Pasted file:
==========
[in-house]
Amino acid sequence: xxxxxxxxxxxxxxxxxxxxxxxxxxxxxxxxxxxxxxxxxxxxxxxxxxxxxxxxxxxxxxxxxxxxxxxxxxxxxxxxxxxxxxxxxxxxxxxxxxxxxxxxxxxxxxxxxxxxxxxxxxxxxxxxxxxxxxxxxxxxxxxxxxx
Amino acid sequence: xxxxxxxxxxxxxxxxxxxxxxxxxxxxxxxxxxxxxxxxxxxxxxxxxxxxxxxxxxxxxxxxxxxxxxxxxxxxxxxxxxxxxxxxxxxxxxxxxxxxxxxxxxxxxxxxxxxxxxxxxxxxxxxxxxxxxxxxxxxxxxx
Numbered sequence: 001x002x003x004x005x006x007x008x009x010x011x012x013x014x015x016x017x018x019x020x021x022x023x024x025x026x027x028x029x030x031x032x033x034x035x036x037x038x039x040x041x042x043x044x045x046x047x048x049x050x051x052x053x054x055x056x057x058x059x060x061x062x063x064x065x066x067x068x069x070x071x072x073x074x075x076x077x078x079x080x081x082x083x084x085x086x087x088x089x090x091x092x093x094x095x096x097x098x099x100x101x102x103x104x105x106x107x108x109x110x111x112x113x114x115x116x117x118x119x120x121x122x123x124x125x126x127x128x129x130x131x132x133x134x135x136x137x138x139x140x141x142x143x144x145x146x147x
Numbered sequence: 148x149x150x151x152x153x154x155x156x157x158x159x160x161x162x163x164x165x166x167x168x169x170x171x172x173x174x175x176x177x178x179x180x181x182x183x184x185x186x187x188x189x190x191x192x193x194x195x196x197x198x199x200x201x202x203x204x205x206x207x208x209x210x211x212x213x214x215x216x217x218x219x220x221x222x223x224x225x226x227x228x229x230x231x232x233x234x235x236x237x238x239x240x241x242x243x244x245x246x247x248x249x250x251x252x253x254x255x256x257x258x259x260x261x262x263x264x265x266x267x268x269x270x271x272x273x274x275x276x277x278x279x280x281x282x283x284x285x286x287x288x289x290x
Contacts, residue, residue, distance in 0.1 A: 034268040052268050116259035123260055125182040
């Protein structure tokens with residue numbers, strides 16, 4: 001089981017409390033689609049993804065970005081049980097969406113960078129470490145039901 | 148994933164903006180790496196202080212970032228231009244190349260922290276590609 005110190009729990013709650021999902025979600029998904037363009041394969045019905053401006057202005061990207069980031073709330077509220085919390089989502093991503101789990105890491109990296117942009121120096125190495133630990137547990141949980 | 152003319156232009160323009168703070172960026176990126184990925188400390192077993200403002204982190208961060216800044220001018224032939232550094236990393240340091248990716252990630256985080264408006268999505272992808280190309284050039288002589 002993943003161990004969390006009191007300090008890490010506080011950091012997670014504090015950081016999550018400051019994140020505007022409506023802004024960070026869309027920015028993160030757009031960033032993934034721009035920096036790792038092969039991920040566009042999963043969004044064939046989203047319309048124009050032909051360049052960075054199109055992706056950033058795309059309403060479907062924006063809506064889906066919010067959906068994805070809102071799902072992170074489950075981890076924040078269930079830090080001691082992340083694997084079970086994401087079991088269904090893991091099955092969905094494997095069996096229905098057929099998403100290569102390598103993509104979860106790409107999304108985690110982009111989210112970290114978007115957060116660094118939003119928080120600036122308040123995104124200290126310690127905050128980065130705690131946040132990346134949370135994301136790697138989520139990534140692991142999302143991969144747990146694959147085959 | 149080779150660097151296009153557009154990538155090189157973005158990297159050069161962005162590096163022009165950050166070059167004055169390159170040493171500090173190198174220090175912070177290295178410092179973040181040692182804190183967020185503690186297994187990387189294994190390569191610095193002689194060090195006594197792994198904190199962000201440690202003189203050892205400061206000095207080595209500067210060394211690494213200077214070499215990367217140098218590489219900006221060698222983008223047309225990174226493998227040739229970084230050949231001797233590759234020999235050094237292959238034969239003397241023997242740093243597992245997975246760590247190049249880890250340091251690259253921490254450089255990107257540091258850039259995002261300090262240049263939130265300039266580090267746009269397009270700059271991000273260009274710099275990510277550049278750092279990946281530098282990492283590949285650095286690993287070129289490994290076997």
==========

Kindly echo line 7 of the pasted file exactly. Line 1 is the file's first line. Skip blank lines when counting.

């Protein structure tokens with residue numbers, strides 16, 4: 001089981017409390033689609049993804065970005081049980097969406113960078129470490145039901 | 148994933164903006180790496196202080212970032228231009244190349260922290276590609 005110190009729990013709650021999902025979600029998904037363009041394969045019905053401006057202005061990207069980031073709330077509220085919390089989502093991503101789990105890491109990296117942009121120096125190495133630990137547990141949980 | 152003319156232009160323009168703070172960026176990126184990925188400390192077993200403002204982190208961060216800044220001018224032939232550094236990393240340091248990716252990630256985080264408006268999505272992808280190309284050039288002589 002993943003161990004969390006009191007300090008890490010506080011950091012997670014504090015950081016999550018400051019994140020505007022409506023802004024960070026869309027920015028993160030757009031960033032993934034721009035920096036790792038092969039991920040566009042999963043969004044064939046989203047319309048124009050032909051360049052960075054199109055992706056950033058795309059309403060479907062924006063809506064889906066919010067959906068994805070809102071799902072992170074489950075981890076924040078269930079830090080001691082992340083694997084079970086994401087079991088269904090893991091099955092969905094494997095069996096229905098057929099998403100290569102390598103993509104979860106790409107999304108985690110982009111989210112970290114978007115957060116660094118939003119928080120600036122308040123995104124200290126310690127905050128980065130705690131946040132990346134949370135994301136790697138989520139990534140692991142999302143991969144747990146694959147085959 | 149080779150660097151296009153557009154990538155090189157973005158990297159050069161962005162590096163022009165950050166070059167004055169390159170040493171500090173190198174220090175912070177290295178410092179973040181040692182804190183967020185503690186297994187990387189294994190390569191610095193002689194060090195006594197792994198904190199962000201440690202003189203050892205400061206000095207080595209500067210060394211690494213200077214070499215990367217140098218590489219900006221060698222983008223047309225990174226493998227040739229970084230050949231001797233590759234020999235050094237292959238034969239003397241023997242740093243597992245997975246760590247190049249880890250340091251690259253921490254450089255990107257540091258850039259995002261300090262240049263939130265300039266580090267746009269397009270700059271991000273260009274710099275990510277550049278750092279990946281530098282990492283590949285650095286690993287070129289490994290076997």